Without dwelling too long on the root of our problem, or should I say the impetus for our action, we must first place this fiendish invention in its proper perspective. The anti-personnel landmine or 'booby trap' is a commonly used low-cost device designed to maim, rather than kill, with the primary purpose of creating havoc in the ranks of young soldiers. It is a weapon of terror, creating a sense of fear and uncertainty of whether or not your next step might be the fateful one. It is designed to maim because the sight and sound of a seriously wounded but still conscious colleague is infinitely more morale sapping than the that of a cleanly killed one. The infrastructure needed to rescue, treat and transport the wounded far exceeds that of disposing of a corpse. The cost is low and the effectiveness so high, no wonder it is nicknamed "The sentry who never sleeps."

Disability in Low-Income Countries

In mine-affected countries such as Cambodia, the vast majority of disabled people are young. Mine- victim amputees are virtually all in their twenties, with up to 70 percent of them being injured military personnel.

Cambodia has a young population. An adult life expectancy of lower than 50 years, and a high post- war birth rate makes the under-18 population more than 60 percent of the total. So the requirements for the performance of a prosthesis or orthosis is very different to that of the developed world. To begin with, the standard of amputation is often low, resulting in a stump with poor distal soft tissue or adherent scar, or with general poor skin cover. The nature of landmine injury is such that amputation is done in several stages. The initial damage to the limb may look relatively small but it is usual to find that actual sub-cutaneous damage extends much further than external inspection may indicate. The hot, high pressure gases associated with the blast will have inflated the limb prior to rupture of the skin so causing what might be described as a de-lamination type of injury not readily observable. Dirt and foreign materials will be driven with great force into the limb, so giving great concern for infection. So the normal method of treatment is the so called "open amputation" where the stump is left un-sutured for several weeks while daily de-bredment is carried out. Closing the stump before all foreign objects have been removed very seriously increases the risk of infection.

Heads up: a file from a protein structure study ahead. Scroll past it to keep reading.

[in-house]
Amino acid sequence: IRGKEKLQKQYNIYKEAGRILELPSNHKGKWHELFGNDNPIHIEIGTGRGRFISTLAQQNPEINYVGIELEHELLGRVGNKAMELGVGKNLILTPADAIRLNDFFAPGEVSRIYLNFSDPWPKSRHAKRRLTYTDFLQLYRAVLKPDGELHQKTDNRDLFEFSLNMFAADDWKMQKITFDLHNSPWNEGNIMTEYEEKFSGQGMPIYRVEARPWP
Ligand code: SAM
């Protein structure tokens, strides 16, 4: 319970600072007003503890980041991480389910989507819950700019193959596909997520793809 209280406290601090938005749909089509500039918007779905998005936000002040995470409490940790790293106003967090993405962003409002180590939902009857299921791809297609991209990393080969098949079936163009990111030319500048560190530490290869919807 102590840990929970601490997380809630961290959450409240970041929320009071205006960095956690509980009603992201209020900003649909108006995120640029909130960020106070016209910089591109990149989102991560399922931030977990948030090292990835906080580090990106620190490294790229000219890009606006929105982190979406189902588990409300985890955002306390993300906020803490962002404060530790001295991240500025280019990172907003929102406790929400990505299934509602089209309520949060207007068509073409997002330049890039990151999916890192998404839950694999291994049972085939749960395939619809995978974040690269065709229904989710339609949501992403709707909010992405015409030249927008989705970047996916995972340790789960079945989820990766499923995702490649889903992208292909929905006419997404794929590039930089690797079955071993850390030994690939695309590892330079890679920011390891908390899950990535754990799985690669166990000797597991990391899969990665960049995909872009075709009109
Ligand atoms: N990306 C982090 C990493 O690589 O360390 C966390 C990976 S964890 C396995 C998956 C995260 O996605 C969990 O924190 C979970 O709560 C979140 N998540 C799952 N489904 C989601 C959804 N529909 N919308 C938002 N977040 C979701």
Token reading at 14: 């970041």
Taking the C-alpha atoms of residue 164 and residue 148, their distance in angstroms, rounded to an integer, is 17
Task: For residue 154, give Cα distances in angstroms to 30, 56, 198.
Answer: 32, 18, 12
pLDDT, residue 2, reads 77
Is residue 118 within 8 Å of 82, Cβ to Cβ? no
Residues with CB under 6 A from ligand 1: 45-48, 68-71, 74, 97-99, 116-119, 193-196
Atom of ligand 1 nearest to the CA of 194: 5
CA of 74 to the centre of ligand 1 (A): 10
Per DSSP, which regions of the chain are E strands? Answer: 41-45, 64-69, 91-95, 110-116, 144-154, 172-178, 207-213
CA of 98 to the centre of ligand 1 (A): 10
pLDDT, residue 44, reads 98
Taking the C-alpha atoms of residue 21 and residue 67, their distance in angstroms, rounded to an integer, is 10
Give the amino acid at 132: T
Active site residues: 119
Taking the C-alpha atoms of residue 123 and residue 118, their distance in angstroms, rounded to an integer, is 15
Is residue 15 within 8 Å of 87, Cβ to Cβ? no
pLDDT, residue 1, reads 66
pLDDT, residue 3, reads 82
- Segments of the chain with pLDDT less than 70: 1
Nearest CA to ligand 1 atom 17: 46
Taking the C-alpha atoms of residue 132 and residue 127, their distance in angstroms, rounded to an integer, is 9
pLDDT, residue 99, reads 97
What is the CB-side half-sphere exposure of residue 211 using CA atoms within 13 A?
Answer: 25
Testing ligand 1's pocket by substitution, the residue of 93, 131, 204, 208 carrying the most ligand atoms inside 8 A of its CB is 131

The procedure is not well suited to giving good results in myodesis, so resulting in poor distal end- cover. As a result the prosthetist is usually not able to fit a true total-contact prosthesis with any real degree of end bearing. This coupled with a young active amputee will make prosthetic fitting rather critical. It must be remembered that these disabled young people will receive little or no social service support, and may be cast out by society to fend for themselves. So prosthesis must fit and function well, the patient's ability to feed himself or his family may depend on it.